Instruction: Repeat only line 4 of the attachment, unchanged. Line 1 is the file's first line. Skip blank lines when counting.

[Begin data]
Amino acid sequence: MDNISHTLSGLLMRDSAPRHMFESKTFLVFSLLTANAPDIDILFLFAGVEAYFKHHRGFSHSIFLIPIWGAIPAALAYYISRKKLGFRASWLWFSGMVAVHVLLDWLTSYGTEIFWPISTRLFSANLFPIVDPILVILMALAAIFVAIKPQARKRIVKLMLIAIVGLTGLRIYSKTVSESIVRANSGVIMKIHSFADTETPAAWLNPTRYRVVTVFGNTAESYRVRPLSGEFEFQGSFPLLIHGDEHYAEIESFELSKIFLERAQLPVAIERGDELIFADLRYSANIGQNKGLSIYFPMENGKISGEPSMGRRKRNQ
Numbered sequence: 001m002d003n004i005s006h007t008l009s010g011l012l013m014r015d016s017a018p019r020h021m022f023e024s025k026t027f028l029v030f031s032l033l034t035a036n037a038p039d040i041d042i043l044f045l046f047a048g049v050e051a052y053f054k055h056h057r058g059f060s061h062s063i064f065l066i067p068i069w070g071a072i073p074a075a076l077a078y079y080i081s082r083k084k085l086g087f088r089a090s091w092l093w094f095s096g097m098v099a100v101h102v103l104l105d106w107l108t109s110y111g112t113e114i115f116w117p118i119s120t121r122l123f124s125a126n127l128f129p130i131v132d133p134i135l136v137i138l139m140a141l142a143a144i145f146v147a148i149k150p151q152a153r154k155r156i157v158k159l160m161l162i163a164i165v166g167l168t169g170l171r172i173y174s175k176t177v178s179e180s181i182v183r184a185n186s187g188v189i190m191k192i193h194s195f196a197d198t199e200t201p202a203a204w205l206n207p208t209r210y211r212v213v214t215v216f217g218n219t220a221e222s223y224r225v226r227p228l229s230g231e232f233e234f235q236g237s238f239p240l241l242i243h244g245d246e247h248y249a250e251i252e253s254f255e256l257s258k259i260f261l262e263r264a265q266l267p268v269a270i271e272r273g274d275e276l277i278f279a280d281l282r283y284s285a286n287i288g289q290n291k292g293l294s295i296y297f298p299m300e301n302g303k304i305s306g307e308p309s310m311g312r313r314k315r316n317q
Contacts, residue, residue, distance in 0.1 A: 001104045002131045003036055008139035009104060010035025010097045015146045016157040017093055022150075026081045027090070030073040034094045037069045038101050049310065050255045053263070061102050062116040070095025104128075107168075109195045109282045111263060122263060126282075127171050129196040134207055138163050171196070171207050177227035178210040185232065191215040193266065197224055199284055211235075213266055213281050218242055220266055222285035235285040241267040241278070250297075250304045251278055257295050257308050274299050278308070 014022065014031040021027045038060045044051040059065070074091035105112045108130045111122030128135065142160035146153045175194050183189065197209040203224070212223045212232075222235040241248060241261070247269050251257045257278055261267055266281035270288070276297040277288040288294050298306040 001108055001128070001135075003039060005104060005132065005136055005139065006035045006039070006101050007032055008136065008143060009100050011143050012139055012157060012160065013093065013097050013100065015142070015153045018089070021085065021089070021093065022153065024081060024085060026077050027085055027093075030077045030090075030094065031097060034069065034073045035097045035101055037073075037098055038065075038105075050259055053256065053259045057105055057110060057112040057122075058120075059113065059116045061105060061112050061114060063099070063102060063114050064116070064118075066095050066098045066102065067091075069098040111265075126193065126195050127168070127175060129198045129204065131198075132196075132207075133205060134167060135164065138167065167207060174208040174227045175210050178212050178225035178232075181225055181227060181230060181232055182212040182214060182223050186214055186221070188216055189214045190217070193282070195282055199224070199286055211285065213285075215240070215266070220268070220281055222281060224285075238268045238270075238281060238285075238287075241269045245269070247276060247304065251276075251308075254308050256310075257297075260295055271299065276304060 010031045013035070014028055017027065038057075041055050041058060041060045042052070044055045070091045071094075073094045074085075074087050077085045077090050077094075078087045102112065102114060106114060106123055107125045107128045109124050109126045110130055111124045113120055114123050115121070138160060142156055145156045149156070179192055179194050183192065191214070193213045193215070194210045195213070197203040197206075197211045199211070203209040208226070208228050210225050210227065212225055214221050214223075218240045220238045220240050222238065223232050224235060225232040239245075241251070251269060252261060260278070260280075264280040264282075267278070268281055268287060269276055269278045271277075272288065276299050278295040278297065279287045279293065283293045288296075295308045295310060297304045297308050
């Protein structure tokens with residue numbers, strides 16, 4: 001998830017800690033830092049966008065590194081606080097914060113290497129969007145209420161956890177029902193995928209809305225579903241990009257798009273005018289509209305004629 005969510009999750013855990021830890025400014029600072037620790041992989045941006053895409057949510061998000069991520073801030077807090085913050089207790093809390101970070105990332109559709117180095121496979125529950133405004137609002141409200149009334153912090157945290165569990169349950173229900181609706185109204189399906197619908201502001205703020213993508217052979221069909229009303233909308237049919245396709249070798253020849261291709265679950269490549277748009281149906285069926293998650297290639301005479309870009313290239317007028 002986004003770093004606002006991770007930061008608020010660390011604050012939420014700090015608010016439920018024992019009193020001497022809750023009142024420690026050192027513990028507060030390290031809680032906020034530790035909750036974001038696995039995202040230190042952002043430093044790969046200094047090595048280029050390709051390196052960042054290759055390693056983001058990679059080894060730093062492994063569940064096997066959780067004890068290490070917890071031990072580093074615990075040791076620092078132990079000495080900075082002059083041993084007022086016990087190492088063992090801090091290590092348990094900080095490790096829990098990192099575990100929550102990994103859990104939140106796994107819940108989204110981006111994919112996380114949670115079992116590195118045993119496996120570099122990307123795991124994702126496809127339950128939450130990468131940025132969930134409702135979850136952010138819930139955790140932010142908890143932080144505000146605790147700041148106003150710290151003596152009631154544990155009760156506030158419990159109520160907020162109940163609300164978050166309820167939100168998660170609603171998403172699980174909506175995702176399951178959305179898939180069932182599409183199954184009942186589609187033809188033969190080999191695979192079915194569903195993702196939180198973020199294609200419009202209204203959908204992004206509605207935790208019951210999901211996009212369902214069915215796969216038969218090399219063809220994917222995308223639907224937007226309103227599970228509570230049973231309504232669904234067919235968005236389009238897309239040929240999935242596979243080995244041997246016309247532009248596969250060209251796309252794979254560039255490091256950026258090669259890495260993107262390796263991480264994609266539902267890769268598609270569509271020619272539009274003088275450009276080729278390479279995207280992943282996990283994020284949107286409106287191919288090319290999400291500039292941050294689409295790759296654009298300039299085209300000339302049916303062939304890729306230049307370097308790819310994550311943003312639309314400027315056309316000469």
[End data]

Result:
């Protein structure tokens with residue numbers, strides 16, 4: 001998830017800690033830092049966008065590194081606080097914060113290497129969007145209420161956890177029902193995928209809305225579903241990009257798009273005018289509209305004629 005969510009999750013855990021830890025400014029600072037620790041992989045941006053895409057949510061998000069991520073801030077807090085913050089207790093809390101970070105990332109559709117180095121496979125529950133405004137609002141409200149009334153912090157945290165569990169349950173229900181609706185109204189399906197619908201502001205703020213993508217052979221069909229009303233909308237049919245396709249070798253020849261291709265679950269490549277748009281149906285069926293998650297290639301005479309870009313290239317007028 002986004003770093004606002006991770007930061008608020010660390011604050012939420014700090015608010016439920018024992019009193020001497022809750023009142024420690026050192027513990028507060030390290031809680032906020034530790035909750036974001038696995039995202040230190042952002043430093044790969046200094047090595048280029050390709051390196052960042054290759055390693056983001058990679059080894060730093062492994063569940064096997066959780067004890068290490070917890071031990072580093074615990075040791076620092078132990079000495080900075082002059083041993084007022086016990087190492088063992090801090091290590092348990094900080095490790096829990098990192099575990100929550102990994103859990104939140106796994107819940108989204110981006111994919112996380114949670115079992116590195118045993119496996120570099122990307123795991124994702126496809127339950128939450130990468131940025132969930134409702135979850136952010138819930139955790140932010142908890143932080144505000146605790147700041148106003150710290151003596152009631154544990155009760156506030158419990159109520160907020162109940163609300164978050166309820167939100168998660170609603171998403172699980174909506175995702176399951178959305179898939180069932182599409183199954184009942186589609187033809188033969190080999191695979192079915194569903195993702196939180198973020199294609200419009202209204203959908204992004206509605207935790208019951210999901211996009212369902214069915215796969216038969218090399219063809220994917222995308223639907224937007226309103227599970228509570230049973231309504232669904234067919235968005236389009238897309239040929240999935242596979243080995244041997246016309247532009248596969250060209251796309252794979254560039255490091256950026258090669259890495260993107262390796263991480264994609266539902267890769268598609270569509271020619272539009274003088275450009276080729278390479279995207280992943282996990283994020284949107286409106287191919288090319290999400291500039292941050294689409295790759296654009298300039299085209300000339302049916303062939304890729306230049307370097308790819310994550311943003312639309314400027315056309316000469």